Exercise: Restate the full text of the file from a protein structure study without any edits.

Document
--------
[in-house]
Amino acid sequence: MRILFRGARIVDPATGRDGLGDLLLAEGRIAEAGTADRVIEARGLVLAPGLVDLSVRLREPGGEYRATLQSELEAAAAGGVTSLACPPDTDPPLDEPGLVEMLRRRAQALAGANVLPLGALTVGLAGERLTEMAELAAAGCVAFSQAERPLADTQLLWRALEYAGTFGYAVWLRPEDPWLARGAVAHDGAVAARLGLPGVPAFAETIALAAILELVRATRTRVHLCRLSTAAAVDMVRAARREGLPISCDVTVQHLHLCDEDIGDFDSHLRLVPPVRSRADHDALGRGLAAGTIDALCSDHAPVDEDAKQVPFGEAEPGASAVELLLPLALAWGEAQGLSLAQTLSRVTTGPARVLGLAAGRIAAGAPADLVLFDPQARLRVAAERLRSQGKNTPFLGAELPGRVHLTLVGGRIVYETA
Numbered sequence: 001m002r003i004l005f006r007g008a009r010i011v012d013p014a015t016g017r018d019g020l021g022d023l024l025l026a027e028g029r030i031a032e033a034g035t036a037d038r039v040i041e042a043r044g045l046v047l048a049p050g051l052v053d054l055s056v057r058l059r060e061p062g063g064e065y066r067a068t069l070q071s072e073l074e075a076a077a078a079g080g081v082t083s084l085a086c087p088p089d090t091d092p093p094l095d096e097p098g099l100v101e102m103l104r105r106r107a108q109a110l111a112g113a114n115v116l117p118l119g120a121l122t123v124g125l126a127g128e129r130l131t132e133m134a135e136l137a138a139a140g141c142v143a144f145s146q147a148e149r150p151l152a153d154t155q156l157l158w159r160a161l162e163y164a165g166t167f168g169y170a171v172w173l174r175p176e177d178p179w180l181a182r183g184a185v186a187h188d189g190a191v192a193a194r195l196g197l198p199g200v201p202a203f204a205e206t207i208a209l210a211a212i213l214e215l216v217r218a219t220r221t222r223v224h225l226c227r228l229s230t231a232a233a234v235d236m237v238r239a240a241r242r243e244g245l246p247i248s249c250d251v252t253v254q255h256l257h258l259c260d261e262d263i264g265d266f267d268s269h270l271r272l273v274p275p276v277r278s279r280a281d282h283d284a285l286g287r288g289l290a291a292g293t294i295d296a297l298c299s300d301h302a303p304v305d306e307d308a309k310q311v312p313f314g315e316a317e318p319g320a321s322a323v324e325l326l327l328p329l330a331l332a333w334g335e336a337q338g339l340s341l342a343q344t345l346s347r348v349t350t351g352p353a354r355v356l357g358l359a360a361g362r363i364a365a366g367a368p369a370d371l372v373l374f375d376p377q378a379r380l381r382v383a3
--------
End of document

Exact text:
[in-house]
Amino acid sequence: MRILFRGARIVDPATGRDGLGDLLLAEGRIAEAGTADRVIEARGLVLAPGLVDLSVRLREPGGEYRATLQSELEAAAAGGVTSLACPPDTDPPLDEPGLVEMLRRRAQALAGANVLPLGALTVGLAGERLTEMAELAAAGCVAFSQAERPLADTQLLWRALEYAGTFGYAVWLRPEDPWLARGAVAHDGAVAARLGLPGVPAFAETIALAAILELVRATRTRVHLCRLSTAAAVDMVRAARREGLPISCDVTVQHLHLCDEDIGDFDSHLRLVPPVRSRADHDALGRGLAAGTIDALCSDHAPVDEDAKQVPFGEAEPGASAVELLLPLALAWGEAQGLSLAQTLSRVTTGPARVLGLAAGRIAAGAPADLVLFDPQARLRVAAERLRSQGKNTPFLGAELPGRVHLTLVGGRIVYETA
Numbered sequence: 001m002r003i004l005f006r007g008a009r010i011v012d013p014a015t016g017r018d019g020l021g022d023l024l025l026a027e028g029r030i031a032e033a034g035t036a037d038r039v040i041e042a043r044g045l046v047l048a049p050g051l052v053d054l055s056v057r058l059r060e061p062g063g064e065y066r067a068t069l070q071s072e073l074e075a076a077a078a079g080g081v082t083s084l085a086c087p088p089d090t091d092p093p094l095d096e097p098g099l100v101e102m103l104r105r106r107a108q109a110l111a112g113a114n115v116l117p118l119g120a121l122t123v124g125l126a127g128e129r130l131t132e133m134a135e136l137a138a139a140g141c142v143a144f145s146q147a148e149r150p151l152a153d154t155q156l157l158w159r160a161l162e163y164a165g166t167f168g169y170a171v172w173l174r175p176e177d178p179w180l181a182r183g184a185v186a187h188d189g190a191v192a193a194r195l196g197l198p199g200v201p202a203f204a205e206t207i208a209l210a211a212i213l214e215l216v217r218a219t220r221t222r223v224h225l226c227r228l229s230t231a232a233a234v235d236m237v238r239a240a241r242r243e244g245l246p247i248s249c250d251v252t253v254q255h256l257h258l259c260d261e262d263i264g265d266f267d268s269h270l271r272l273v274p275p276v277r278s279r280a281d282h283d284a285l286g287r288g289l290a291a292g293t294i295d296a297l298c299s300d301h302a303p304v305d306e307d308a309k310q311v312p313f314g315e316a317e318p319g320a321s322a323v324e325l326l327l328p329l330a331l332a333w334g335e336a337q338g339l340s341l342a343q344t345l346s347r348v349t350t351g352p353a354r355v356l357g358l359a360a361g362r363i364a365a366g367a368p369a370d371l372v373l374f375d376p377q378a379r380l381r382v383a3